Thursday, June 28, 2007

Parlay voo France?

I have been a little busy, and definitely slacking on the blogging, I'm sorry to anyone who is listening. Between teaching a few hours a day, eating, and sleeping I haven't been able to fit it in.
I know what you are thinking "my life is a constant trial". We should all be so lucky.
Either way, tomorrow I'm off to France. If you didn't know it, my older brother Kevin is tying the knot, and I will be in France for about 1 week enjoying all of the wedding festivities. Let me get the obvious questions out of the way:
1. No my family is not French
2. No we do not have any family in France
3. Because Kevin and Susie love to travel, and a friend offered a beautiful house in the French countryside as a venue for the wedding, as a wedding gift. So they took it. Who else has the option to get married in France? Wouldn't you?

If you don't know that much about France let me catch you up. I'm some sort of an expert on the subject because I've been eating French toast since the age of 3. Yup, that's right, my parents trained me to be cultured starting from a very young age. Muchos Grachas, Mamaia and Fadre.
The french eat a lot of fries. I think McDonald's might even be French for really, really, ridiculously good French fries. yup, that's right. The French are also very sexual beings. They are always singing love songs, and when they aren't singing they smoke, and blow heart rings out of there mouths (some of the talented smokers, or as I kindly like to refer to them as "Le Smokairs", shoot arrows through the rings). They also invented kissing. Well, that's not entirely true, just a new twist on something that was getting a bit "old hat". But being that a child could read this, I will not go into details on that. Well, that's the long and short of it I think. I'm sure I will go to France, drink lots of wine, kiss many women, and eat lots of fries and toast. It will be a trip to remember, and I'll make sure to blog about it when I return, even though I think I've already covered everything pretty clearlyjust now.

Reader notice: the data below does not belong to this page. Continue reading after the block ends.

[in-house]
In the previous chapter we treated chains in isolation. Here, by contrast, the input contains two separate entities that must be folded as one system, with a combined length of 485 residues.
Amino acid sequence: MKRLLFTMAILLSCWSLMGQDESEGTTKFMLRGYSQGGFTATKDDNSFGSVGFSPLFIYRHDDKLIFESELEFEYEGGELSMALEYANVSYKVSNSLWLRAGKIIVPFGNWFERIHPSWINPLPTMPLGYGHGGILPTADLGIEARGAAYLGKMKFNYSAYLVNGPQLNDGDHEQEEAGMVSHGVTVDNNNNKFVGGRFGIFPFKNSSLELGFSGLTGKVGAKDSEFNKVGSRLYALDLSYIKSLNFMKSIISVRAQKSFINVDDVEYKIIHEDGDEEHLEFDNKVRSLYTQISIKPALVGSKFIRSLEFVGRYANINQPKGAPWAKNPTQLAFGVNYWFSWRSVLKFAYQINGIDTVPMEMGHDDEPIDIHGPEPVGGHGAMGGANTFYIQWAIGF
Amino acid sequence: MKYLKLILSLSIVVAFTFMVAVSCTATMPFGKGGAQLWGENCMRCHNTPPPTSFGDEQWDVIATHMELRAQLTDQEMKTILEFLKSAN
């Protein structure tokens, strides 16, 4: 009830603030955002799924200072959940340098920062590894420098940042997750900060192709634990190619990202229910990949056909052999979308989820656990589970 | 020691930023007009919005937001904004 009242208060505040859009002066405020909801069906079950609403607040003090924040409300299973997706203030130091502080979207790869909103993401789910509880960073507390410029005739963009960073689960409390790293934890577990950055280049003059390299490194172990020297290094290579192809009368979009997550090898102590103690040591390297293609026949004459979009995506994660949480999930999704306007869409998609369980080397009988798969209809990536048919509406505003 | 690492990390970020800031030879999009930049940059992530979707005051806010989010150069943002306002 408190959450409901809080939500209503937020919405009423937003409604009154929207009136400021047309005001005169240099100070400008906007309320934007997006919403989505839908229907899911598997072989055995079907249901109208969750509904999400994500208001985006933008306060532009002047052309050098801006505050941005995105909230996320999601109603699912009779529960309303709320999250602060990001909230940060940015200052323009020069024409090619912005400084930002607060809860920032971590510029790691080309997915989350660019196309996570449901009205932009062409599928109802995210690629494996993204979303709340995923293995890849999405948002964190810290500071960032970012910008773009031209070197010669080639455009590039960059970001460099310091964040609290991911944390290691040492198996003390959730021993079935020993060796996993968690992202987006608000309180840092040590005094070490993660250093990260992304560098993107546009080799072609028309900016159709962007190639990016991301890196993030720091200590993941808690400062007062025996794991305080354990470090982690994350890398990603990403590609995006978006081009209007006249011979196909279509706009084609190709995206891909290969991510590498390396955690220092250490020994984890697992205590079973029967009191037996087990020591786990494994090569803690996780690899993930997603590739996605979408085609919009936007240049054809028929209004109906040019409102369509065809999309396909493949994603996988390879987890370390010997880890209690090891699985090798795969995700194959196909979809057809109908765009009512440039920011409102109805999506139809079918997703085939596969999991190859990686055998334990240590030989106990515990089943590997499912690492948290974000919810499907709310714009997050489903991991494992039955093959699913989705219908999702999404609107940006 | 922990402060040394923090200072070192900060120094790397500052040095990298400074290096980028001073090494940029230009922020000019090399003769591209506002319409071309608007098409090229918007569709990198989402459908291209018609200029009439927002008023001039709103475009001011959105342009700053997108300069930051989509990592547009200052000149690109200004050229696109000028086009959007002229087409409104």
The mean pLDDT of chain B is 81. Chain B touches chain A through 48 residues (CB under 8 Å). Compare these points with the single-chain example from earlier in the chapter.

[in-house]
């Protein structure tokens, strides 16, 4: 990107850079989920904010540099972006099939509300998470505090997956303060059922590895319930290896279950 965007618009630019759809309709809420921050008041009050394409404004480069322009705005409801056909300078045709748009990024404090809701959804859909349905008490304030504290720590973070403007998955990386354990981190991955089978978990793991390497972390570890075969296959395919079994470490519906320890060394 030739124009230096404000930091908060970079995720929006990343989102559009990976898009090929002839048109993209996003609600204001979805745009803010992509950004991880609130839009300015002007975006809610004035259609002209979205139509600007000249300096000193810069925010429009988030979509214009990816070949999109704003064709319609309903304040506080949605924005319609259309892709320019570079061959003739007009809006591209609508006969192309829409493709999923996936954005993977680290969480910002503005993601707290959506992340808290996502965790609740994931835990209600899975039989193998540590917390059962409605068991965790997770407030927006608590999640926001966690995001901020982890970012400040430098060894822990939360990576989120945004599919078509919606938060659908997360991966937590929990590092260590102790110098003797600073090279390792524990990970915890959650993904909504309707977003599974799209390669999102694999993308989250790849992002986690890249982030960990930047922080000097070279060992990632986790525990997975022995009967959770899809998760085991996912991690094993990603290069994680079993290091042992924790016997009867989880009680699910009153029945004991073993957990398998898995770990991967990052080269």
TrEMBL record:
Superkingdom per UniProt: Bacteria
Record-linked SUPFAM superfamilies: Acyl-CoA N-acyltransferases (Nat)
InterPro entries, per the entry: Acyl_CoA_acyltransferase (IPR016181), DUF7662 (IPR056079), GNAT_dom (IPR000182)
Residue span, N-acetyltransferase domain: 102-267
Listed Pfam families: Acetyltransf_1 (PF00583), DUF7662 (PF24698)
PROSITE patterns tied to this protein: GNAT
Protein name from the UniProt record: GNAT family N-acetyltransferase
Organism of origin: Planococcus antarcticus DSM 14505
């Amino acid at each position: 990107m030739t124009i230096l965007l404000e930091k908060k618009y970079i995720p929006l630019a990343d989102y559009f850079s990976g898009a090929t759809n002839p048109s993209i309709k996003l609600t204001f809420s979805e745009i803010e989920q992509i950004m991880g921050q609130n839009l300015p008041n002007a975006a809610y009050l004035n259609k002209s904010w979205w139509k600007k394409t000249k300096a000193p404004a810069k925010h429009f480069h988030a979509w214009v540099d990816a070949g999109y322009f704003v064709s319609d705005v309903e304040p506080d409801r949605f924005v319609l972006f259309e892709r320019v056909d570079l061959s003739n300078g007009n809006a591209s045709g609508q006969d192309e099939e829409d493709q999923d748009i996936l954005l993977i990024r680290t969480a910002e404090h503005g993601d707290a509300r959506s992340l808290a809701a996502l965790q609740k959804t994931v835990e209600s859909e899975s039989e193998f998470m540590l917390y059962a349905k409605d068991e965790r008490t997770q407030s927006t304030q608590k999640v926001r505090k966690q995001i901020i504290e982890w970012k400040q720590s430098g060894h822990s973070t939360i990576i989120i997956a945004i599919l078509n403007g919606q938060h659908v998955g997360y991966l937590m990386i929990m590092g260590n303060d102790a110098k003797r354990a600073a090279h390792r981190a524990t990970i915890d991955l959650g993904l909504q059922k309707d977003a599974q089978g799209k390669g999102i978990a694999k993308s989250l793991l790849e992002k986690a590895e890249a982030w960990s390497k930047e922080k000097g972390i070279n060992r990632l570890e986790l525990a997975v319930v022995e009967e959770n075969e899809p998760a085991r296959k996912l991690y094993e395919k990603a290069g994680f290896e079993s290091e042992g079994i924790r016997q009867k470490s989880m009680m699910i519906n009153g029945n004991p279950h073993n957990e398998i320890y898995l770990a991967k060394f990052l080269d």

Oh, and I have a stop-over in Moscow too, but I'll tell you more about the bitter cold drunks of Russia another day. Wee wee.

Thursday, June 14, 2007


Even while I made this blog so that people I know can keep up to date with what I'm doing in Korea, I've started to hope that maybe anyone might check out my blog when they have some spare time. Obviously, that is wishful thinking, but after almost 3 full months of blogging, you have to lie to yourself and tell yourself that people ARE READING what you write. Otherwise, I'd be writing for nothing, or no one, and that wouldn't last long.

So if you do come to this blog because you know me, or like what I write or whatever, maybe you will like similar things that I do. I came across three video's recently that I thought were good enough to share on my blog. If you have some time to kill, which I know a lot of you do, I'm suggesting that you check them out.

Video #1:
Out of all of these videos, I think this one is the MUST SEE of the bunch. For all of you native English speakers out there, who don't realize the rest of the world is dying to learn our language, this should open your eyes a little. It opened my eyes, and made my jaw hit the floor. I can't even believe it was made on this planet. But either way TAKE A LOOK! It's an English lesson / Exercise video for Japanese speakers.
If you laughed as hard as I did at that video, please check out a related one that comes up after the video finishes (YouTube is getting pretty high tech). It's called "Learn English Korean Style".

Video #2:
If you know me, you know I'm kind of a softy sometimes. This is just a heartwarming clip. I don't really watch shows like American Idol, but I came across this clip and it blew me away. It starts of slow, but I thought there was a good enough pay off in the end to put it on my blog.

Video #3:
If you're not in the serious mood, skip this one for now. It is a one man rant on global warming, but an educated rant. When I first watched this video, as the video starts I wanted to hate the guy speaking. Then he started to get pretty interesting, but I still didn't want to like him. Thennnn, he won me over, and I liked him. But in the end he was really lame, and I just thought he was a loser. However, he did bring up some good points, and this topic is somthing we all need to think about, dispite his lack of charisma. If you're up to it, and got 10 minutes, give it a look.